- WV’s Natural Gas Industry Committed to Reducing Emissions
- Pipeline projects continue to hold promise for North Central, WV, economy
- MarkWest Sherwood Complex in Doddridge County, WV, plans further capacity expansion in 2019
- Construction of WV's first gas-fired power plant to start this summer
- Antero Resources leads environmental progress with Clearwater Facility in Doddridge County, WV
- Antero Resources plans substantial investments into WV operations after record-setting 2018
- Dominion Energy: driving innovation in WV's oil and gas industry
- Experts: WV power generation lacks diversity
- WV oil and gas production projections optimistic; industry continues to set, break records
- Dominion Energy to Reduce Methane Emissions from Natural Gas Infrastructure by 50 percent Over the Next Decade
- Natural Gas Industry Calls for Changes to Deep Well Spacing Laws
- Pipeline Construction Drives Gas Industry Employment Growth in WV
- Anne Blankenship: Oil and gas do good things for WV
- WVONGA to Host “Embracing Energy” Women’s Conference Dec. 13th in Charleston
- Dominion Energy West Virginia Warehouse First in State to Achieve Environmental Milestone
- Natural gas and industry innovation continues to help drive U.S. GHG emissions reductions
- Strength in numbers: Diversifying America’s petrochemical industry bolsters security
- Anne Blankenship: Higher natural gas severance is a tax on WV's future (Gazette Opinion)
If you want to know the state of America’s environment today, a good place to start is with the dramatic decline in airborne emissions from power plants over the past decade.
As they generate electricity, hundreds of fossil-fuel power plants across the country emit sulfur dioxide, nitrogen oxides and carbon dioxide into the air. The first two substances cause acid rain and contribute to respiratory ailments and are the emissions of most concern to public health. The third is the principal greenhouse gas that accompanies the burning of oil, natural gas and coal because of their carbon content.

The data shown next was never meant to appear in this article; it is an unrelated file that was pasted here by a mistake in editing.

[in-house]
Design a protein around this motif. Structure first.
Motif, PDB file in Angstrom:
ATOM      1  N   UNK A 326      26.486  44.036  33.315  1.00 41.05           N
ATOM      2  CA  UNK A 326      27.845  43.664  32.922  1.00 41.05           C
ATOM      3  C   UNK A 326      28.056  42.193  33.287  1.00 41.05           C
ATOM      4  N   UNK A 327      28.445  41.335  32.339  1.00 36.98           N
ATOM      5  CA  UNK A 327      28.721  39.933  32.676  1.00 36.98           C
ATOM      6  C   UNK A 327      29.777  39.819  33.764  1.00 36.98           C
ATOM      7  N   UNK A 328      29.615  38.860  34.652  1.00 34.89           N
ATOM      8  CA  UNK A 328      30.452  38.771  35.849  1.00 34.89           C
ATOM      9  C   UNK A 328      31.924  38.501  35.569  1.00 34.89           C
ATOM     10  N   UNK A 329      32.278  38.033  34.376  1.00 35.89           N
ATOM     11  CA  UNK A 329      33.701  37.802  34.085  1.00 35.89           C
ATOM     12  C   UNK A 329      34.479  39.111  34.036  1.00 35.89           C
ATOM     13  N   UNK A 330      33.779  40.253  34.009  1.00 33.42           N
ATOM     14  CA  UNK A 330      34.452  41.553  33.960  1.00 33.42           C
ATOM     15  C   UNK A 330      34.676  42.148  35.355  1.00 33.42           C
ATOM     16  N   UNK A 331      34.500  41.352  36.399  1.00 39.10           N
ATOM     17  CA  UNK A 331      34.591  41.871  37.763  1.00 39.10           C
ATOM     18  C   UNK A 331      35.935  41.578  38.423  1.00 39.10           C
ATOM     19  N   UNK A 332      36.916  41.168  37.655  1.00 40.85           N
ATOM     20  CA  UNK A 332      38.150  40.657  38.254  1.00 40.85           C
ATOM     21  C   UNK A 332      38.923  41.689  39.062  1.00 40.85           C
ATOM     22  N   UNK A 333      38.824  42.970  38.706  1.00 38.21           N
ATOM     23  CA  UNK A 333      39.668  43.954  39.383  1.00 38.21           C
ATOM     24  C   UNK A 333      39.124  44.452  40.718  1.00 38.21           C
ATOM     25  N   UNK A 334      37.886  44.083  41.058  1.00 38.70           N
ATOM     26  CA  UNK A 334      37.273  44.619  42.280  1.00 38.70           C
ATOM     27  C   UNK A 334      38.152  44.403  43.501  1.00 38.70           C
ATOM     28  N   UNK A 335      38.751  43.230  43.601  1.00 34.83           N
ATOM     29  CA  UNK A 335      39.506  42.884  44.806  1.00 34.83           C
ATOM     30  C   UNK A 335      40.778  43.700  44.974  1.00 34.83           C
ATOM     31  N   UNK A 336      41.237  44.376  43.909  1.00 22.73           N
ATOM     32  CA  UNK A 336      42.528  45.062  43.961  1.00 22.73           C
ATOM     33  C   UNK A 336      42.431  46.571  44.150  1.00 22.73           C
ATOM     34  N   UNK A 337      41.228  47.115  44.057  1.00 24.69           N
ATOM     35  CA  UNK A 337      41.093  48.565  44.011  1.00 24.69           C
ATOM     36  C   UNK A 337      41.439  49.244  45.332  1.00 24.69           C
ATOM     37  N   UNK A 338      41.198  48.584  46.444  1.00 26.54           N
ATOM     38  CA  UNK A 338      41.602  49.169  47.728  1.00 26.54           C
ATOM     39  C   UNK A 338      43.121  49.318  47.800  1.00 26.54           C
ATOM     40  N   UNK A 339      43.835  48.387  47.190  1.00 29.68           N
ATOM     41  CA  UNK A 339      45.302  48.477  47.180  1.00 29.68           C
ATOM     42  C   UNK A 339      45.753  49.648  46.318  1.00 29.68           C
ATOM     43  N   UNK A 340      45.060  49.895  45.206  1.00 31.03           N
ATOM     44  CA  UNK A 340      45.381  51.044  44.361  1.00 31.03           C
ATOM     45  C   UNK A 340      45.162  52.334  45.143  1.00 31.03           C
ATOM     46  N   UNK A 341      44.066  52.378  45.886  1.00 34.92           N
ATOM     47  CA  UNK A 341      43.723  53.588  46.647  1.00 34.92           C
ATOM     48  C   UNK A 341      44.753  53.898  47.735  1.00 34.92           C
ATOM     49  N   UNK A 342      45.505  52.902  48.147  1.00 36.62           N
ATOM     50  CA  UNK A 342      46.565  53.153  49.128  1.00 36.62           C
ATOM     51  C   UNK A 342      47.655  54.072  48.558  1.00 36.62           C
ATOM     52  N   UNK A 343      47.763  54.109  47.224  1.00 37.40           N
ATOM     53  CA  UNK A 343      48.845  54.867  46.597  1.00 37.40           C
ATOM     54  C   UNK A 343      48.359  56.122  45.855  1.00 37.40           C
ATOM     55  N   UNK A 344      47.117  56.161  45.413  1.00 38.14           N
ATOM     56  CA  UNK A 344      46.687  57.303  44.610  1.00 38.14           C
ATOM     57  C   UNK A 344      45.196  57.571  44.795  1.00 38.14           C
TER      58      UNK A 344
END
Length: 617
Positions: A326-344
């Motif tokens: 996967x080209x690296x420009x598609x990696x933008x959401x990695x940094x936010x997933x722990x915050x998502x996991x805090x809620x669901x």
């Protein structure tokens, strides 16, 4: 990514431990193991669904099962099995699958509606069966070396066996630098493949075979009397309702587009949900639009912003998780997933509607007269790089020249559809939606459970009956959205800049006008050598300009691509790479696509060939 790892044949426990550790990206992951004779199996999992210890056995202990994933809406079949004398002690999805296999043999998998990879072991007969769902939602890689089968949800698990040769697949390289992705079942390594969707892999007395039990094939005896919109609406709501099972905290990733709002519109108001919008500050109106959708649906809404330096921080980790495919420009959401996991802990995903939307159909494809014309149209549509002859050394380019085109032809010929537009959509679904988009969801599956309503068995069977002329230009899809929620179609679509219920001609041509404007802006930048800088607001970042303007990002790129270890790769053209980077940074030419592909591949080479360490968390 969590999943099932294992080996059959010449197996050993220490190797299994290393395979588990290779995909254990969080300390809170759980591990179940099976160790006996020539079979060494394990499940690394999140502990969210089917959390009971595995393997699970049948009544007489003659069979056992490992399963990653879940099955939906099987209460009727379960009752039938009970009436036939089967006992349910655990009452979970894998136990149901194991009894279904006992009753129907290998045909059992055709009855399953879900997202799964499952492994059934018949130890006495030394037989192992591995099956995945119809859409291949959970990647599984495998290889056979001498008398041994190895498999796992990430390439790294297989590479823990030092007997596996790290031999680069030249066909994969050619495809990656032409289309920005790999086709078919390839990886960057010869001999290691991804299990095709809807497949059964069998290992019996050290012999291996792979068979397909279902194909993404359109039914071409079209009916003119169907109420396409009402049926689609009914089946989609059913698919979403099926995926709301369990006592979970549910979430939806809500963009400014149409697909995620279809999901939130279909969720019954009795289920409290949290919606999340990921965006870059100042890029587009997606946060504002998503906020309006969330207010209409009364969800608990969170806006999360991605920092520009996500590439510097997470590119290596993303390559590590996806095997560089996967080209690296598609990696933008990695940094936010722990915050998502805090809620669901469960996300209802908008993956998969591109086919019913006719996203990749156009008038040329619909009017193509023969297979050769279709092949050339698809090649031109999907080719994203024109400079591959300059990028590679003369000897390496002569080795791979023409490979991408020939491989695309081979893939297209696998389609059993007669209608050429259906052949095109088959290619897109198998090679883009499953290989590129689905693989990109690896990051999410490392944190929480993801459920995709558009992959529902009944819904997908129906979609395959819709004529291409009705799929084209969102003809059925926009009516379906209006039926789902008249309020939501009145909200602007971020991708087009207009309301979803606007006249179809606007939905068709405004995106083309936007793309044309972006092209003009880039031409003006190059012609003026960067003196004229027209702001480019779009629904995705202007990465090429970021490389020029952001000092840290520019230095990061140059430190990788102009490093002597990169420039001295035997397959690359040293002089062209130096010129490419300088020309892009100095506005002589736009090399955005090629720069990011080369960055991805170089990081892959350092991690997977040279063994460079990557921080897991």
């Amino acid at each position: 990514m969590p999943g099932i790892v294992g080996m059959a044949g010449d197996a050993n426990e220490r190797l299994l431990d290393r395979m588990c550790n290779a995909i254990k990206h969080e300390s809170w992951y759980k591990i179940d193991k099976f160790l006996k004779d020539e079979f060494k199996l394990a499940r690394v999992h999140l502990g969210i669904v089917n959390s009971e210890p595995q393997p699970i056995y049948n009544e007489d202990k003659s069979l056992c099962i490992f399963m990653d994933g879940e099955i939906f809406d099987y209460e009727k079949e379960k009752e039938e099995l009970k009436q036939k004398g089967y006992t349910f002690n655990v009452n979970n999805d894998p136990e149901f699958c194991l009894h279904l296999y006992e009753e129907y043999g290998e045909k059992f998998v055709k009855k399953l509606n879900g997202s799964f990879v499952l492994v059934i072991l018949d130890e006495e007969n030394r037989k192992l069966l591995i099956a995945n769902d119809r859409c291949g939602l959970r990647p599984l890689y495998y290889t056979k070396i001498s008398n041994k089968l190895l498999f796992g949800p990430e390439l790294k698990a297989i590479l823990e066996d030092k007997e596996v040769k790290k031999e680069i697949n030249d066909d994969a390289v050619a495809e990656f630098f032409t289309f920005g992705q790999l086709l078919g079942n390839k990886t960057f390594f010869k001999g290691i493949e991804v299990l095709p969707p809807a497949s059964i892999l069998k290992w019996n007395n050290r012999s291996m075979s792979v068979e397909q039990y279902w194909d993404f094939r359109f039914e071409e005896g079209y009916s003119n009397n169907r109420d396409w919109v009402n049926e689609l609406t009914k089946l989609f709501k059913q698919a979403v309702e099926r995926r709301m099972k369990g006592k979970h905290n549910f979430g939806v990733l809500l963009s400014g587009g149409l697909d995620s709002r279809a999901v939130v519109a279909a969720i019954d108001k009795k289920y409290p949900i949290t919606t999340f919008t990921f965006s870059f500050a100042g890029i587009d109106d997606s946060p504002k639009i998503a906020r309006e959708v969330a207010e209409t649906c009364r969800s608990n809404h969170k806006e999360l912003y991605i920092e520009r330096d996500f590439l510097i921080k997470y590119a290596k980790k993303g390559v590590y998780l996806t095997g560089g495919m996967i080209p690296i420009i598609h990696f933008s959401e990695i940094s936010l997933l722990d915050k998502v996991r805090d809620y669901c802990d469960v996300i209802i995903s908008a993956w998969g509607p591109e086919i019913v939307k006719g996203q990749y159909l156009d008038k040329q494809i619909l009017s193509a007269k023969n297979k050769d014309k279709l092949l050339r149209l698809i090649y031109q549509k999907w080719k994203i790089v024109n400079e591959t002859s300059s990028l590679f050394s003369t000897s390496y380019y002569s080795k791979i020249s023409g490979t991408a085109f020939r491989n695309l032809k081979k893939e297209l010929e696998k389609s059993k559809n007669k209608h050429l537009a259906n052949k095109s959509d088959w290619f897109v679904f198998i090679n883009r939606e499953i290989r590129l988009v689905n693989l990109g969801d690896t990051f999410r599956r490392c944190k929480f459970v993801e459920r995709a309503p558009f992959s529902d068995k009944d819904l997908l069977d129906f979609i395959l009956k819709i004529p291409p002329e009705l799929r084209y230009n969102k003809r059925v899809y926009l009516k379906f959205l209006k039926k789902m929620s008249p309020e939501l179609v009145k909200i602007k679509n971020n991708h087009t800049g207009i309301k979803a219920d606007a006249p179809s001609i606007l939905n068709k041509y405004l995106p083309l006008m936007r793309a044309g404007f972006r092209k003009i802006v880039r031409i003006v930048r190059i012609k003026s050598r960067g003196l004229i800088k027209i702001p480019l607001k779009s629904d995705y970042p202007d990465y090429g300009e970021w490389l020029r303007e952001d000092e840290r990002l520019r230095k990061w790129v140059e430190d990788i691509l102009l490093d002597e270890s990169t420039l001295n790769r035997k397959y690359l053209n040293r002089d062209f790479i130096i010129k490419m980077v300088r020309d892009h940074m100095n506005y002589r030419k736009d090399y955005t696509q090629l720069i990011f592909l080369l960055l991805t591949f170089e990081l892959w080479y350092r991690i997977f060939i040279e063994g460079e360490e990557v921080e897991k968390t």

Natural gasoline is one of West Virginia’s most abundant yet least recognized natural resources. But chances are virtually anyone who has driven our highways lately has benefited economically as well as environmentally from its use.
Natural gasoline is the liquid byproduct of natural gas that, for traditional shallow wells, has been collected as condensate in wellhead holding tanks for over a century. Commonly referred to as “drip gas” in the field, its use dates to early American industrialization when Henry Ford used it in the Model T and the Wright Brothers tapped Ohio wells to power their aircraft engines.
Historically, the Gulf Coast has been the most profitable place to build and operate a petrochemical company. The numbers have always supported that fact.
However, the numbers have changed.
Sitting atop two of the most prolific shale plays in the world, Shale Crescent USA is now the most profitable place to build a petrochemical company.
Five factors support this new realization:
- Abundant Natural Gas Supply
- Access to Water
- Proximity to Market Demand
- Skilled Labor Force
- Cost Advantage
And so it begins. Friday was a historic day for the U.S. energy industry and our always evolving natural gas business in particular. After a series of delays, Dominion Energy shipped out its first LNG cargo from $4 billion Cove Point export terminal in Maryland. This becomes our second LNG export facility following Cheniere Energy’s startup at Sabine Pass in Louisiana two years ago.